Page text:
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Welcome to the Bjornson Lab

Bjornson Lab

Let’s Move: Children With Cerebral Palsy

Cerebral palsy (CP) is the most common physical disability in childhood, affecting one out of every 323 children. While it has no known cure, early intervention can help children manage their mobility limitations and become more active participants in their lives. Through our volunteer research studies, our team aims to discover effective interventions that can empower children with CP to keep moving; to get out in the world and just be kids.

Our research focuses on spastic or hypertonic CP, which affects the coordination and control of motor function of more than 77% of children with cerebral palsy. We currently are conducting four research studies that aim to increase our understanding of how children with spastic CP can maintain or increase mobility, particularly as they age.

We are actively recruiting new participants for some of our current studies:

  • A Study of Orthotics and Walking Activity in Cerebral Palsy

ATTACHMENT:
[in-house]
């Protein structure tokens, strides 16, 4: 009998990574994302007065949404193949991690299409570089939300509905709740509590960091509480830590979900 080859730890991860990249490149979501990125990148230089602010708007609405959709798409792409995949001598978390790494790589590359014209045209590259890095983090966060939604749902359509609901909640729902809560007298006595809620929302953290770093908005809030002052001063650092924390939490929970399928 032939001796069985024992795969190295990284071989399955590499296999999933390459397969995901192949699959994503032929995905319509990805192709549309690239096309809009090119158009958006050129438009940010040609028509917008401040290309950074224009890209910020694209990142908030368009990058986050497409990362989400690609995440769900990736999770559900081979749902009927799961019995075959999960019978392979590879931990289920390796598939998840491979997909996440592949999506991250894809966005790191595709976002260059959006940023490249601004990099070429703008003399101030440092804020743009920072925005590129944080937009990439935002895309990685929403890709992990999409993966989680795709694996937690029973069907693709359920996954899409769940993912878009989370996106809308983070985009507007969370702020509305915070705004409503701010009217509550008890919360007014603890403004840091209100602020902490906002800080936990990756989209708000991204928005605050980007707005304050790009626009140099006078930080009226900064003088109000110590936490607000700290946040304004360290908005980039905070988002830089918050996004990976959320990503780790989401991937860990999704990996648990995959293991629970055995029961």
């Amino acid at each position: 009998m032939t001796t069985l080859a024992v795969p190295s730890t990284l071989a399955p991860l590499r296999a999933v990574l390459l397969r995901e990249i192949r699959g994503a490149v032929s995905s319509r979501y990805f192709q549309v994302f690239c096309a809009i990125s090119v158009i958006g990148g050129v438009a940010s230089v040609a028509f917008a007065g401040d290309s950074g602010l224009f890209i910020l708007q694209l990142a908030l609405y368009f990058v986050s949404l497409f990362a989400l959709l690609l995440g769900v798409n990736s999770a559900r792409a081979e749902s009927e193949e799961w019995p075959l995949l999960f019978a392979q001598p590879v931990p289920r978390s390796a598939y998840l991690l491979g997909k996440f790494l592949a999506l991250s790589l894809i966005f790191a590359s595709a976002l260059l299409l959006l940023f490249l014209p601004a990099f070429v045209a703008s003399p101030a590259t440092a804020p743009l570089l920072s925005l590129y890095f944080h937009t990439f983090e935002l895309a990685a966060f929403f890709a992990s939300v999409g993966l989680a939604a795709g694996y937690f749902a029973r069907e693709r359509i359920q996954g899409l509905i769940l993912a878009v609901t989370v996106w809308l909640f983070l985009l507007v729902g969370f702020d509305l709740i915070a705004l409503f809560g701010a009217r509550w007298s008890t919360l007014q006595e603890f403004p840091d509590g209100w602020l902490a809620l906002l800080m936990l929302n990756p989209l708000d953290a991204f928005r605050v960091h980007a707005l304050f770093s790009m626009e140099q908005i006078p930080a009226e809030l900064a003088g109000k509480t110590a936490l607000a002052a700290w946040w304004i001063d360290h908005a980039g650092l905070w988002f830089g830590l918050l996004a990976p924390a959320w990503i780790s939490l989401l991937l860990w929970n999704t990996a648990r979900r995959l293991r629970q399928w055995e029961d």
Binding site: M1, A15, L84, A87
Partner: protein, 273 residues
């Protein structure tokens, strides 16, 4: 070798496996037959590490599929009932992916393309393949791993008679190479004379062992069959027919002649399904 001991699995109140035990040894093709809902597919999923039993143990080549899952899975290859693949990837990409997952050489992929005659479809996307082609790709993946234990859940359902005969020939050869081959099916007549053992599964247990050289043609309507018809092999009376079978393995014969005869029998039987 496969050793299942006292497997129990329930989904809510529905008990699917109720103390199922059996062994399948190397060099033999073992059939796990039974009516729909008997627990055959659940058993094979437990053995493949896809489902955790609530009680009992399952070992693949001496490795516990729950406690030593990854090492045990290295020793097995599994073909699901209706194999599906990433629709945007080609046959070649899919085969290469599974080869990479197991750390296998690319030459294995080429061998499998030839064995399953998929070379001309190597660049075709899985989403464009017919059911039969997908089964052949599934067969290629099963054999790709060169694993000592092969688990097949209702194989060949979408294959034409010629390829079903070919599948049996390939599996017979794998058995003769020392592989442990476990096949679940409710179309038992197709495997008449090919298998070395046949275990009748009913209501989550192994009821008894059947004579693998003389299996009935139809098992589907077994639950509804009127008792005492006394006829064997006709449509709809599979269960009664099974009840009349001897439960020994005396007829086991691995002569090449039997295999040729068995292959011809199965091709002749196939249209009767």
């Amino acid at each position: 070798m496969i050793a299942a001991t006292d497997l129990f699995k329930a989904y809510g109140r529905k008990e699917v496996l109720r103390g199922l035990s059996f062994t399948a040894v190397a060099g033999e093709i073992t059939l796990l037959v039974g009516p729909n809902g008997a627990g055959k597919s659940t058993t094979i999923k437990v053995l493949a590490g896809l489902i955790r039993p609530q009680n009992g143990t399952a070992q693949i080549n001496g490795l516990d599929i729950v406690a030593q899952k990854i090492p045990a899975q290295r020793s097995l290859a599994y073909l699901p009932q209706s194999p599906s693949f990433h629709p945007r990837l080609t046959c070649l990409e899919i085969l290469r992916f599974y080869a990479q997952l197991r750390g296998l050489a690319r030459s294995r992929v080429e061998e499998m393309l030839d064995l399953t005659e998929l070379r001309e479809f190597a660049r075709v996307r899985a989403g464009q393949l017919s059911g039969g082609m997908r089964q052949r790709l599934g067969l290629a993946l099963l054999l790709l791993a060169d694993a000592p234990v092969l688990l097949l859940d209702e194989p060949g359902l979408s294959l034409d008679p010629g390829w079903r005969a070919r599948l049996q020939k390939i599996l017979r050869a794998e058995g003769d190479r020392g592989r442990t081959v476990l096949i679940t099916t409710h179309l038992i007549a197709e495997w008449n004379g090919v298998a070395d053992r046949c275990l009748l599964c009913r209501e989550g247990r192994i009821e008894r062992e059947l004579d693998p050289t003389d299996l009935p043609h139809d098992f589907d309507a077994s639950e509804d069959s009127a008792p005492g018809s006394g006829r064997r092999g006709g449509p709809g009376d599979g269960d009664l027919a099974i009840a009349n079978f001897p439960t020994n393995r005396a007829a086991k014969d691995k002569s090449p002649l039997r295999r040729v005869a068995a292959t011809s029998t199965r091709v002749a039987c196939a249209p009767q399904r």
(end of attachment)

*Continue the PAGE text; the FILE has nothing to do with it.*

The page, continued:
• PT3: Power Training Combined With Interval Treadmill Training to Improve Walking Activity in Cerebral Palsy
  • Short Burst Locomotor Treadmill Training Study (SBLTT)
  • Pedal With Pete Award: Study on Joint Decision Making in Supported Mobility Devices
  • The Genetic Causes of Cerebral Palsy (Video)
  • The Effectiveness of Non-invasive Electrical Stimulation of the Spinal Cord for Individuals with Cerebral Palsy
    • Individuals 4-18 years old with limited mobility due to a neurologic condition such as stroke or cerebral palsy, who are able to participate in a 10-month study with weekly visits to the University of Washington.
    • Please contact Siddhi Shrivastav about the ‘spinal stimulation study for people with neurologic injuries’ by email at or phone at 973-444-1940 if you have questions or are interested in participating. Please remember that we cannot guarantee the confidentiality of any information sent by email. 

We are also an official site for the North American Cerebral Palsy Research Network (CPRN). Treatment data from more than 20 sites in the CPRN registry enables clinician researchers to find practice variation, examine outcomes of care and create quality initiatives to improve outcomes for all patients with CP across the lifespan regardless of where they are treated.

Contact Us

Physical Address

Center for Child Health, Behavior and Development
1920 Terry Ave.
Seattle, WA 98101